Harlequin Set to Wreak Havoc over Warm Summer
A team of scientists has warned that there will only be “one winner, 1000 losers” as the Harlequin ladybird continues its spread through the UK. Introduced to Holland to control aphid numbers there, the ladybird spread to the UK in 2004, carried on the wind across the English Channel or transported on fruit and flowers. Since its arrival it has spread around the UK: it has been found as far north as Orkney but is most prevalent in London and South East England.
Helen Roy, a member of the BES and a researcher at the Centre for Ecology and Hydrology, and a team of others are exhibiting on the dangers of the Harlequin at this week’s Royal Society Summer Science Exhibition. Dr Roy says of the Harlequin: ” “It’s a big and voracious predator, it will eat lots of different insects, soft fruit and all kinds of things.” Because of its varied diet, and because it does not need a cold winter to reach sexual maturity, the Harlequin has an advantage over other ladybirds. The scientists fear that the Harlequin will push out rivals through competition for food.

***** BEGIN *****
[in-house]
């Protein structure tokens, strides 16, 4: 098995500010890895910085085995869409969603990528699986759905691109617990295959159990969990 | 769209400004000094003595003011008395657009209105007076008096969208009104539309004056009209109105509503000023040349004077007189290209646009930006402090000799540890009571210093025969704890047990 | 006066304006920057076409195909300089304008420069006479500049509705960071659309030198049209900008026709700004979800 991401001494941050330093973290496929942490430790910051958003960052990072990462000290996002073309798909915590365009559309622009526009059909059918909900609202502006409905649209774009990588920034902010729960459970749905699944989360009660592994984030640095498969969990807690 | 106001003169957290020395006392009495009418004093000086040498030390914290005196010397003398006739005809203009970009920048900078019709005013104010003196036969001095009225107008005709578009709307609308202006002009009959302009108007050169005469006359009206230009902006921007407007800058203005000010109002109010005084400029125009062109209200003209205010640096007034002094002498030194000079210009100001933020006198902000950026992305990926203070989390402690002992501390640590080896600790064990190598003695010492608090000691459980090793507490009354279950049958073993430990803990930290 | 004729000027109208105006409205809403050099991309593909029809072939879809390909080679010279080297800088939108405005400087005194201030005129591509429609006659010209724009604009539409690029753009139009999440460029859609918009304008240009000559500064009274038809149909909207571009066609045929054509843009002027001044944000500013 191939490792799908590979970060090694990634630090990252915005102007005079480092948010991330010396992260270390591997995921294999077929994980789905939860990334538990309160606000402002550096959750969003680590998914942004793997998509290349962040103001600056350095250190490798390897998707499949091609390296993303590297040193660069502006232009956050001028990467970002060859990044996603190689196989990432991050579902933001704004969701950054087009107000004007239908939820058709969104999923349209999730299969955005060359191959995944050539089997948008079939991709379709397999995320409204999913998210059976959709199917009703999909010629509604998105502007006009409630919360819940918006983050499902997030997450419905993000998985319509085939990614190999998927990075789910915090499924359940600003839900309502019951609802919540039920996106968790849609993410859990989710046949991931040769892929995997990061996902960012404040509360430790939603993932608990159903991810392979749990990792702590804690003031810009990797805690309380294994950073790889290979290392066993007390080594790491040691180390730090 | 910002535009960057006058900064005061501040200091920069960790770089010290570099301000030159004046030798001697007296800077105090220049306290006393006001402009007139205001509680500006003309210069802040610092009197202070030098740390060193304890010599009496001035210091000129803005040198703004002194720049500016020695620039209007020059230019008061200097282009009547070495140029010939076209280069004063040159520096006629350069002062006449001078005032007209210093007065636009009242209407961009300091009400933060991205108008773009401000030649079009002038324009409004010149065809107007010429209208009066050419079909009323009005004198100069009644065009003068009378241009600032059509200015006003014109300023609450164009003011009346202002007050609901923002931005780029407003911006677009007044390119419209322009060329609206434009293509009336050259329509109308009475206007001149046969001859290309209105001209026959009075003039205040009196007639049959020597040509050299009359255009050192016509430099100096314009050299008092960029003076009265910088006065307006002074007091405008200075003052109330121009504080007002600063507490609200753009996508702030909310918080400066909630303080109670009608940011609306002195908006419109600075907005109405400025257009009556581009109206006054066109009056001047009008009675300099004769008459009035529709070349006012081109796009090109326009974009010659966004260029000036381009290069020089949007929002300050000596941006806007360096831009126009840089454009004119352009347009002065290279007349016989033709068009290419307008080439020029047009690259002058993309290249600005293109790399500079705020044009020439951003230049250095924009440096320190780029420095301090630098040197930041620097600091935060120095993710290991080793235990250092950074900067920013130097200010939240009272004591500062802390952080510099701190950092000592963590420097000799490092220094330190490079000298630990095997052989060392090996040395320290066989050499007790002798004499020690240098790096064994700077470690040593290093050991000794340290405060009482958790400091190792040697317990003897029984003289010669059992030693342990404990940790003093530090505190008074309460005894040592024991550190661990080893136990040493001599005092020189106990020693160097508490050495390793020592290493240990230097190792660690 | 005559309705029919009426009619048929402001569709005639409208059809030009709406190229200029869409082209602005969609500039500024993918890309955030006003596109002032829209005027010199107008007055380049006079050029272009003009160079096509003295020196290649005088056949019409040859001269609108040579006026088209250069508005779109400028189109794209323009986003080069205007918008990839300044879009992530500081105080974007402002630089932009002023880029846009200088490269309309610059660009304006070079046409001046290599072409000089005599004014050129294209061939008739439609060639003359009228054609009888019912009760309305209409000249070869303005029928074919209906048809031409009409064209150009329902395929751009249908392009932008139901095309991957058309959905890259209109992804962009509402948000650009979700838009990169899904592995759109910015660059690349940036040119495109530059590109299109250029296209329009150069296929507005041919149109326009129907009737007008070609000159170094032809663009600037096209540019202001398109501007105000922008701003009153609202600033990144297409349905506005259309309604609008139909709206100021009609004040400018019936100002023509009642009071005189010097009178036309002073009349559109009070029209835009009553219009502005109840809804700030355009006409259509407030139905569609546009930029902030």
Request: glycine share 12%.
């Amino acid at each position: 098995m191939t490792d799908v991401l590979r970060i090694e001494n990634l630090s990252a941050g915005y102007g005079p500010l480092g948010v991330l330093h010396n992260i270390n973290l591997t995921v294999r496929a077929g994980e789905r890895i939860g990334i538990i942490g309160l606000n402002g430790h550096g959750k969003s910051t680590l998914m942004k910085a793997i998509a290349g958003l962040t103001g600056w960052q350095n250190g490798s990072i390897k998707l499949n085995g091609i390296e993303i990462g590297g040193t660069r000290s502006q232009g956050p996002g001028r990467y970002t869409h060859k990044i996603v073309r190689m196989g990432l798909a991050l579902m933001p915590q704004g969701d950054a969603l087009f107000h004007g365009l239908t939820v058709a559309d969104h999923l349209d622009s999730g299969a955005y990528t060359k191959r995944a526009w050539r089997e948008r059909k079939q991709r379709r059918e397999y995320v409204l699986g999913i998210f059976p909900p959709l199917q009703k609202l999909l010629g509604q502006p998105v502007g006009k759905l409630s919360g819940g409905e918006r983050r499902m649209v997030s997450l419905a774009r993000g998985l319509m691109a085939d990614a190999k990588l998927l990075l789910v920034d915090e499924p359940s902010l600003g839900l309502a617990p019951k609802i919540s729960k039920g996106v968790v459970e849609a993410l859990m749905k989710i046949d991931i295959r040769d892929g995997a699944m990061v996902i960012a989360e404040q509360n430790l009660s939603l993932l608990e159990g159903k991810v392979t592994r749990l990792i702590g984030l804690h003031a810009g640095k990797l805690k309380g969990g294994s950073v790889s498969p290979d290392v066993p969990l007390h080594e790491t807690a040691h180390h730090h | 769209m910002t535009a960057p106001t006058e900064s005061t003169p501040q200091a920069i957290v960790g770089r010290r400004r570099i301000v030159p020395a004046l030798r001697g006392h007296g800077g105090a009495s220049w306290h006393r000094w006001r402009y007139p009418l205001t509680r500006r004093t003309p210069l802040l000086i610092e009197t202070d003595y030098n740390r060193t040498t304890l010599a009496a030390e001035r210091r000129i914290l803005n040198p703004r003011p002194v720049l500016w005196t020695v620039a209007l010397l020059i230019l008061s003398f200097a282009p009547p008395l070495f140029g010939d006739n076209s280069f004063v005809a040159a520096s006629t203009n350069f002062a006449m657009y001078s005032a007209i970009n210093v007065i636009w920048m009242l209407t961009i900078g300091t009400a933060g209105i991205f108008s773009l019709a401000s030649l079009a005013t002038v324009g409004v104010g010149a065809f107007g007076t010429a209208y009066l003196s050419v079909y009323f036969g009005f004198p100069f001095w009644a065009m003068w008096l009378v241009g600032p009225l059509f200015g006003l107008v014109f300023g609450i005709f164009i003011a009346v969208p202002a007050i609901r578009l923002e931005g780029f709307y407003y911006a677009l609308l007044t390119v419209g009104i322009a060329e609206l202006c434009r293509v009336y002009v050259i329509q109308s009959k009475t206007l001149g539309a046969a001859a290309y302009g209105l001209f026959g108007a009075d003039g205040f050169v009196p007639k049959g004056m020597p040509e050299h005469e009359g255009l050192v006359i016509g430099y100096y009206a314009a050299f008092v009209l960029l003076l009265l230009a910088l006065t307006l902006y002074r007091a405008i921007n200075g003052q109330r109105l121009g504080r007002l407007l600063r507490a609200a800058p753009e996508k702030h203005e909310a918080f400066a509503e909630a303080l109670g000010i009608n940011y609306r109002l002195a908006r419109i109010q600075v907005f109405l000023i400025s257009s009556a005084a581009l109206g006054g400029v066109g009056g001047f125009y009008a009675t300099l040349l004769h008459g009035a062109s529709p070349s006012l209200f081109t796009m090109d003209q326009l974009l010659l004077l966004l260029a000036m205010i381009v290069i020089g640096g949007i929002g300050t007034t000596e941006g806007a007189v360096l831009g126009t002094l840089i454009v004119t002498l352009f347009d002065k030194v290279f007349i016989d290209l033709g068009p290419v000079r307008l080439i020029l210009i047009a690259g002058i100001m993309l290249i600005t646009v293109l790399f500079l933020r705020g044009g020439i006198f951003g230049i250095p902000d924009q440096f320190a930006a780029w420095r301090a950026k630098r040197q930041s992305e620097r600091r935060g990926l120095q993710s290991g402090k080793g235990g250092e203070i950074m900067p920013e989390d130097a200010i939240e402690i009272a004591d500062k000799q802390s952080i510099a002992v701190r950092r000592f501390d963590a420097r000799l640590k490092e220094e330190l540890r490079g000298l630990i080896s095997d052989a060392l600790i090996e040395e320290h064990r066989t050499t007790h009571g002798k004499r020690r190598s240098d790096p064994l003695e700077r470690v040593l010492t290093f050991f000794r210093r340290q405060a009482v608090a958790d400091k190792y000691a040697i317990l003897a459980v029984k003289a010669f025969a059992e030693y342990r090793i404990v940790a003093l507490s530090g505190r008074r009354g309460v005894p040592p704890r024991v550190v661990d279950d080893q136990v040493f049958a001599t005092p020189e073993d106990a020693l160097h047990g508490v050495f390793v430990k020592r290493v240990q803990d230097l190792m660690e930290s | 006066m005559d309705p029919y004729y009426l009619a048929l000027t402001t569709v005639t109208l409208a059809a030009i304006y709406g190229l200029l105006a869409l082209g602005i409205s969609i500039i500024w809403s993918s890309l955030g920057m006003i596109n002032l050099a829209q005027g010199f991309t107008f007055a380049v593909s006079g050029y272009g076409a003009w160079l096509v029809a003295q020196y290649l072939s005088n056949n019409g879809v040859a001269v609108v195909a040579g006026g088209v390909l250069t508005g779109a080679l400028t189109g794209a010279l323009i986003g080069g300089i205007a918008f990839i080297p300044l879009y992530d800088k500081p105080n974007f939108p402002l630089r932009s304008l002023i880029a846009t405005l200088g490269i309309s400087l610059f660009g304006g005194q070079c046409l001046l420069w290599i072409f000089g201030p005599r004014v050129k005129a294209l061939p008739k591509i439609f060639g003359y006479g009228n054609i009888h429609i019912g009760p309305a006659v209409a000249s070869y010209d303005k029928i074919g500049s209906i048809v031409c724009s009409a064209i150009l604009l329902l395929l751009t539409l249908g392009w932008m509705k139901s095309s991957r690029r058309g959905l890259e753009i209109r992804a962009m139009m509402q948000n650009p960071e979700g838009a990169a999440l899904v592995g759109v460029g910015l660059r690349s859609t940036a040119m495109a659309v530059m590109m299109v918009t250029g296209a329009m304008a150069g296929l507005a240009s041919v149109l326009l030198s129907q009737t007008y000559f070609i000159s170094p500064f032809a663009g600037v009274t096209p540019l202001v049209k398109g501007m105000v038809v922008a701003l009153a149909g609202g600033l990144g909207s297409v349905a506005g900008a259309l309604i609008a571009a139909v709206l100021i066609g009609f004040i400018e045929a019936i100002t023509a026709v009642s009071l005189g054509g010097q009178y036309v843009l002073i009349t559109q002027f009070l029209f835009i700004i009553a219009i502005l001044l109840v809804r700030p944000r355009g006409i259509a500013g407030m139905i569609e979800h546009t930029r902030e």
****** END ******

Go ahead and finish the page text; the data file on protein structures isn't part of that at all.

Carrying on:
Various means are being considered to tackle this invasive species, including encouraging the transmission of a sexually transmitted mite, making some harlequins infertile.
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